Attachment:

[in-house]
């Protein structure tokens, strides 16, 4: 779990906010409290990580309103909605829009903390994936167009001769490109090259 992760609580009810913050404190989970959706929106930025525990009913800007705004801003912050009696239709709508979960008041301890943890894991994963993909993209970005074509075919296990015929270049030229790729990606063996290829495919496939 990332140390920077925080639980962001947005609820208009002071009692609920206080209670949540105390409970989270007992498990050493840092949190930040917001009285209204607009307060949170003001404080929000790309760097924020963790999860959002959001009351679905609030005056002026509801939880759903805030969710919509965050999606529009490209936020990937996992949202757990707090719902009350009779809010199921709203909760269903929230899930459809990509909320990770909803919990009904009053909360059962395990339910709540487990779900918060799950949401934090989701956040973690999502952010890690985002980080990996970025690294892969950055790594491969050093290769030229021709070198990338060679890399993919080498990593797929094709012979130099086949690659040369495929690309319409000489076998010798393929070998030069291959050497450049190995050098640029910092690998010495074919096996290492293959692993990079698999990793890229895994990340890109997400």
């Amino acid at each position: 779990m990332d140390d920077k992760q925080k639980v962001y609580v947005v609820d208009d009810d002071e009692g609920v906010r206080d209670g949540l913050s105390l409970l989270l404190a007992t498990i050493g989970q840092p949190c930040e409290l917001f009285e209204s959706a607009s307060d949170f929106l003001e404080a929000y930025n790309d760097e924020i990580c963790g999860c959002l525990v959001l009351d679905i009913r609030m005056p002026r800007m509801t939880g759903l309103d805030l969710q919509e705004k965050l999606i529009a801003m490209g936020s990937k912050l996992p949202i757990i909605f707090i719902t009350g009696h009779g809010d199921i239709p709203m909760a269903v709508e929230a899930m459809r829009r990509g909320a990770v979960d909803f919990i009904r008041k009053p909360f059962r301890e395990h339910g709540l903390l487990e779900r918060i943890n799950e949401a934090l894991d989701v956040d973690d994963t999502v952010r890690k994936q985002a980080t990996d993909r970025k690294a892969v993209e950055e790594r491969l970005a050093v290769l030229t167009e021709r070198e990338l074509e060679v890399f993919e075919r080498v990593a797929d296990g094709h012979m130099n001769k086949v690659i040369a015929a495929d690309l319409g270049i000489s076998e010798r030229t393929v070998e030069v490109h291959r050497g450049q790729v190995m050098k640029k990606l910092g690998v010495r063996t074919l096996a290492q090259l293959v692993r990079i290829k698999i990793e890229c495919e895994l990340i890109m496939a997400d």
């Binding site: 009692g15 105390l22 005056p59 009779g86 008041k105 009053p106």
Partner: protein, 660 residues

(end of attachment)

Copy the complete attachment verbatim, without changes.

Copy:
[in-house]
């Protein structure tokens, strides 16, 4: 779990906010409290990580309103909605829009903390994936167009001769490109090259 992760609580009810913050404190989970959706929106930025525990009913800007705004801003912050009696239709709508979960008041301890943890894991994963993909993209970005074509075919296990015929270049030229790729990606063996290829495919496939 990332140390920077925080639980962001947005609820208009002071009692609920206080209670949540105390409970989270007992498990050493840092949190930040917001009285209204607009307060949170003001404080929000790309760097924020963790999860959002959001009351679905609030005056002026509801939880759903805030969710919509965050999606529009490209936020990937996992949202757990707090719902009350009779809010199921709203909760269903929230899930459809990509909320990770909803919990009904009053909360059962395990339910709540487990779900918060799950949401934090989701956040973690999502952010890690985002980080990996970025690294892969950055790594491969050093290769030229021709070198990338060679890399993919080498990593797929094709012979130099086949690659040369495929690309319409000489076998010798393929070998030069291959050497450049190995050098640029910092690998010495074919096996290492293959692993990079698999990793890229895994990340890109997400």
């Amino acid at each position: 779990m990332d140390d920077k992760q925080k639980v962001y609580v947005v609820d208009d009810d002071e009692g609920v906010r206080d209670g949540l913050s105390l409970l989270l404190a007992t498990i050493g989970q840092p949190c930040e409290l917001f009285e209204s959706a607009s307060d949170f929106l003001e404080a929000y930025n790309d760097e924020i990580c963790g999860c959002l525990v959001l009351d679905i009913r609030m005056p002026r800007m509801t939880g759903l309103d805030l969710q919509e705004k965050l999606i529009a801003m490209g936020s990937k912050l996992p949202i757990i909605f707090i719902t009350g009696h009779g809010d199921i239709p709203m909760a269903v709508e929230a899930m459809r829009r990509g909320a990770v979960d909803f919990i009904r008041k009053p909360f059962r301890e395990h339910g709540l903390l487990e779900r918060i943890n799950e949401a934090l894991d989701v956040d973690d994963t999502v952010r890690k994936q985002a980080t990996d993909r970025k690294a892969v993209e950055e790594r491969l970005a050093v290769l030229t167009e021709r070198e990338l074509e060679v890399f993919e075919r080498v990593a797929d296990g094709h012979m130099n001769k086949v690659i040369a015929a495929d690309l319409g270049i000489s076998e010798r030229t393929v070998e030069v490109h291959r050497g450049q790729v190995m050098k640029k990606l910092g690998v010495r063996t074919l096996a290492q090259l293959v692993r990079i290829k698999i990793e890229c495919e895994l990340i890109m496939a997400d």
């Binding site: 009692g15 105390l22 005056p59 009779g86 008041k105 009053p106």
Partner: protein, 660 residues